The colony was left under the charge of Joutel. A few days afterwards, he was surprised to see a canoe coming up the river, containing Chefdeville, the Sieur de la Sablonnière, and others, who had escaped from the Belle. They told the sorrowful tale of the wreck of that vessel. It had been driven to the south shore of the bay, and stranded on the beach, three months before. Planterose and five others had been previously swallowed up by the waves, in a dark night, while returning in a canoe from the land, where they had been for water. Three or four died on board. The number of hands was thus so much diminished, that, when the winds rose, the bark could not be managed, and she ran aground. Several of the men perished on a. raft, which they had unskilfully constructed; and the remainder succeeded with difficulty in reaching the shore on another raft. They saved a small stock of provisions, and a few articles, among which were the Sieur de la Salle's clothes and papers. Here they continued, on a desolate strand, for three months, till a canoe accidentally floated to the beach, in which they returned to their companions at the fort.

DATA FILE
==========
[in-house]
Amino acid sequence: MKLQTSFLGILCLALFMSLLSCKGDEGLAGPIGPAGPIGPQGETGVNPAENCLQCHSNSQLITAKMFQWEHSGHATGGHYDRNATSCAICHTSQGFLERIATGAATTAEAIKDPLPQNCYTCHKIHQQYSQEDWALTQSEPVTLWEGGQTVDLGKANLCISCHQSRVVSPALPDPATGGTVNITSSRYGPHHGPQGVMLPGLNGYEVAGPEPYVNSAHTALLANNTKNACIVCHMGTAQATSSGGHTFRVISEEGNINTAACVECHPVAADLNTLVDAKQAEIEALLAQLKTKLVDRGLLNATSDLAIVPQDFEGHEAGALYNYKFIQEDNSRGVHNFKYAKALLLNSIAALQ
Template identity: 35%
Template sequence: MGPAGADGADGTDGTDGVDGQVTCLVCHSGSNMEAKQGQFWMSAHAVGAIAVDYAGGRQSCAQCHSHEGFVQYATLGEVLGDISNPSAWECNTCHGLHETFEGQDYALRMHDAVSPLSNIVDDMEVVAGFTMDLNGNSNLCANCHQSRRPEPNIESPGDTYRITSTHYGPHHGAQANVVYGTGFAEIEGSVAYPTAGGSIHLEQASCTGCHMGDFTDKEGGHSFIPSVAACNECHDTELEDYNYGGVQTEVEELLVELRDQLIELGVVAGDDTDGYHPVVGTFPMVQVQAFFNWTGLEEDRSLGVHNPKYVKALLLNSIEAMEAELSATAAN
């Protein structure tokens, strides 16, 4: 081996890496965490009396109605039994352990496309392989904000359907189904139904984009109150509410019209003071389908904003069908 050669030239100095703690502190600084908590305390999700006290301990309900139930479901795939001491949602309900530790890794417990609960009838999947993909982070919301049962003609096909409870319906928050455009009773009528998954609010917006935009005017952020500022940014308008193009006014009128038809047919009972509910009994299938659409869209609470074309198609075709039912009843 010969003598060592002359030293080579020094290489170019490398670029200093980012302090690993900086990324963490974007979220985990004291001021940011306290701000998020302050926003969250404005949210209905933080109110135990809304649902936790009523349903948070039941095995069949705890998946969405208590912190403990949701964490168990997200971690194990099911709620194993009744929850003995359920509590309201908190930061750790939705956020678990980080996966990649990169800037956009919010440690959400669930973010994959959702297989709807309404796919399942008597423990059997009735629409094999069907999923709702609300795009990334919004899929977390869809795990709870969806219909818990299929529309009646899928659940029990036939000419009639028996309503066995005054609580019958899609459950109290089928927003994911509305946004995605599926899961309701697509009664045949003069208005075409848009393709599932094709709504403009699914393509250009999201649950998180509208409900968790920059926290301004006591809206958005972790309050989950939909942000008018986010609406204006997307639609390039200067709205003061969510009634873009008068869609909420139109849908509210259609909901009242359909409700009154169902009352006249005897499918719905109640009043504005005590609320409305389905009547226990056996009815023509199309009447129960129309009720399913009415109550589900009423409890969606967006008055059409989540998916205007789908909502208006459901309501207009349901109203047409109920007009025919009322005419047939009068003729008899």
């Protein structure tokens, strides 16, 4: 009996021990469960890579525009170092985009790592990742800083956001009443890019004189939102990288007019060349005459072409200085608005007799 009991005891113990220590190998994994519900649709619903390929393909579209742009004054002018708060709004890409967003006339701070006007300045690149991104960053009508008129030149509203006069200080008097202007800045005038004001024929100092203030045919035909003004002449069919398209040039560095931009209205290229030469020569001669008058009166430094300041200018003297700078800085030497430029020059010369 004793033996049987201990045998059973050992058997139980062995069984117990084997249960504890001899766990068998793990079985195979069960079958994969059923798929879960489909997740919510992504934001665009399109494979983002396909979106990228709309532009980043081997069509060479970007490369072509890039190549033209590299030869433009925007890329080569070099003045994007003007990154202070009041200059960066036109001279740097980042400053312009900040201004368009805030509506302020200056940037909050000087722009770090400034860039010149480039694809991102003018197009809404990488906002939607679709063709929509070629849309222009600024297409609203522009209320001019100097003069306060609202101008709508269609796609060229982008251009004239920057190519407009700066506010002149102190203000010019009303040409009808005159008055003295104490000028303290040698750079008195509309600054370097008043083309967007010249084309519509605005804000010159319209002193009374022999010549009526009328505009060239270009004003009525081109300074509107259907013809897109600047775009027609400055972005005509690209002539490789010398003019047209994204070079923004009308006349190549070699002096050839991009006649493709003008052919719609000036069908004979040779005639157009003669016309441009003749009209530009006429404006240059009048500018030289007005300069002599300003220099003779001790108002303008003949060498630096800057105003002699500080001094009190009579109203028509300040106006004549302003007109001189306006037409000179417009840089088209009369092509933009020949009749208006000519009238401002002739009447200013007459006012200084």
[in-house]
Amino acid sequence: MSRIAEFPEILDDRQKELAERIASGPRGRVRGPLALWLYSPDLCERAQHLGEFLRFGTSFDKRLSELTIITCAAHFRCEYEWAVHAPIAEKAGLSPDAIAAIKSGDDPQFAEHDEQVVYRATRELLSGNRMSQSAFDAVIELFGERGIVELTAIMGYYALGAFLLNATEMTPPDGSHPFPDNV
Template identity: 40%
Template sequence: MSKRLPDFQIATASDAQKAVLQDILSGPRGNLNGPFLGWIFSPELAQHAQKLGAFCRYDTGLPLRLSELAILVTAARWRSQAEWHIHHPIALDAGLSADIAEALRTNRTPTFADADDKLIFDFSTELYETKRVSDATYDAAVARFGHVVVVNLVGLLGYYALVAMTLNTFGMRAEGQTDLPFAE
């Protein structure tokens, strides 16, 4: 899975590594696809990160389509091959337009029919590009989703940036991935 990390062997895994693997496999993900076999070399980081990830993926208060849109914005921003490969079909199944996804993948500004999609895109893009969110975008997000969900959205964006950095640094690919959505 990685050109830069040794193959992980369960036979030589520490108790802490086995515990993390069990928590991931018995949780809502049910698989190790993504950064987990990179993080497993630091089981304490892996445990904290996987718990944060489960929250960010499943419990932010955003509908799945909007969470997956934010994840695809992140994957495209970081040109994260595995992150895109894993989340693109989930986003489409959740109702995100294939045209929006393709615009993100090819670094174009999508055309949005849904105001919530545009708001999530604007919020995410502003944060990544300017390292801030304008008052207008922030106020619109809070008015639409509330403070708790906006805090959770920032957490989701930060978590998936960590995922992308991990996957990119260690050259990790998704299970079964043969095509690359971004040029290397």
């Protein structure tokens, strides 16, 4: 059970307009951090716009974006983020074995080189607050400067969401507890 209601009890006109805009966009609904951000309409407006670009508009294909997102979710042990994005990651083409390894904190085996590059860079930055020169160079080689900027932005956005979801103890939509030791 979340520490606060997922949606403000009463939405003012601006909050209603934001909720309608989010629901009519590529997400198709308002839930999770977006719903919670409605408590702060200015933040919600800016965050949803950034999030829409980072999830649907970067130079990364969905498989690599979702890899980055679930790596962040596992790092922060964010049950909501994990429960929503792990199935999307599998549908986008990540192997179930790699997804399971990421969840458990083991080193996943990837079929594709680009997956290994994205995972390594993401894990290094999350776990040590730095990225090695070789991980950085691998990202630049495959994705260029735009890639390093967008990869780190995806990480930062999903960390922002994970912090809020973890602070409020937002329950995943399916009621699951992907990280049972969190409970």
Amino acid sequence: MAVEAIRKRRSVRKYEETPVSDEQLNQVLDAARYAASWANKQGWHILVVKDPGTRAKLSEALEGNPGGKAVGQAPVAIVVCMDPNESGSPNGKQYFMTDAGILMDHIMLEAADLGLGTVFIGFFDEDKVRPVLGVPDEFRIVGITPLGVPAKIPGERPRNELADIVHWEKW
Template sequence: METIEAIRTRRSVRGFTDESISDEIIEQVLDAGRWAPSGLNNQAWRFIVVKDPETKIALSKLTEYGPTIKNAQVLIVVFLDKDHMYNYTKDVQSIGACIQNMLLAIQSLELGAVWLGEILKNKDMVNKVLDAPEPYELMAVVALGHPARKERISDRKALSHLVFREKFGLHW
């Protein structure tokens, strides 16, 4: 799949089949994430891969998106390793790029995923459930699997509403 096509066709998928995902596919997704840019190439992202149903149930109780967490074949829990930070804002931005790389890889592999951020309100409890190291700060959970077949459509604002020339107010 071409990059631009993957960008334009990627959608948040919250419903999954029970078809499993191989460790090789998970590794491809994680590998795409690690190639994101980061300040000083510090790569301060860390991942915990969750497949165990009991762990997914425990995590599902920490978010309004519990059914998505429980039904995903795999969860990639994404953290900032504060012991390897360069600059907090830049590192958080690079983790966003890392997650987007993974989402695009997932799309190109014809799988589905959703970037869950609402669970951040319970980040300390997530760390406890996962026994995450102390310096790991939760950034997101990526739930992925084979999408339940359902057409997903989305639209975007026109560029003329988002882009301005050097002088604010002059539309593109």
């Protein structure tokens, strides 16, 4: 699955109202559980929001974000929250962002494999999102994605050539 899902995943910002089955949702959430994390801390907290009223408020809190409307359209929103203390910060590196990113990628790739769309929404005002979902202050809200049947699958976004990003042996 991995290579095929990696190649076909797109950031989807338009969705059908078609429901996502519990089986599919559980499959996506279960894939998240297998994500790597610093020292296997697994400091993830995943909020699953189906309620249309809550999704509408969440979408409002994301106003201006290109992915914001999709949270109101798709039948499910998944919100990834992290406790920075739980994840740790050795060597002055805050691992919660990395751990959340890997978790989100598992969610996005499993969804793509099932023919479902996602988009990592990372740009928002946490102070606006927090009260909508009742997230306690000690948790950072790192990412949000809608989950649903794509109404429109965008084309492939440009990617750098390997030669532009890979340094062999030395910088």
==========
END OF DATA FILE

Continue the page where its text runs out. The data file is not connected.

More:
Few incidents are related as having occurred during the absence of La Salle on this journey. The Indians sometimes assailed the hunting parties, but they made no hostile attempts upon the fort. The perfidious Duhaut stirred up a mutiny in the camp, which gave trouble to Joutel, but which, by a timely discovery, he was enabled to suppress. Yet he could not entirely assuage discontents, which were the offspring of heavy disappointments and hardships. But it was not all a scene of grief and gloom. The Sieur Barbier gained the heart of one of the young maidens, which furnished an occasion for the festivities of a wedding. Joutel was assisted in the arduous duties of his command by the counsels of Father Zenobe, a man of wisdom, fortitude, and expe


After three days' journey, the Sieur de la Salle met a party of Indians in the midst of a beautiful prairie, some on foot, and some riding on horses. These latter wore boots and spurs, and sat in saddles, which was a proof that they had a commerce, directly or indirectly, with the Spaniards on the borders of Mexico. They were peaceful and courteous, and invited the travellers to their village ; but, as this lay to the northwest, out of the track, the invitation was declined. The party took the precaution to fortify themselves that night, as they did afterwards, with palisades and fallen trees. Travelling for two days over prairie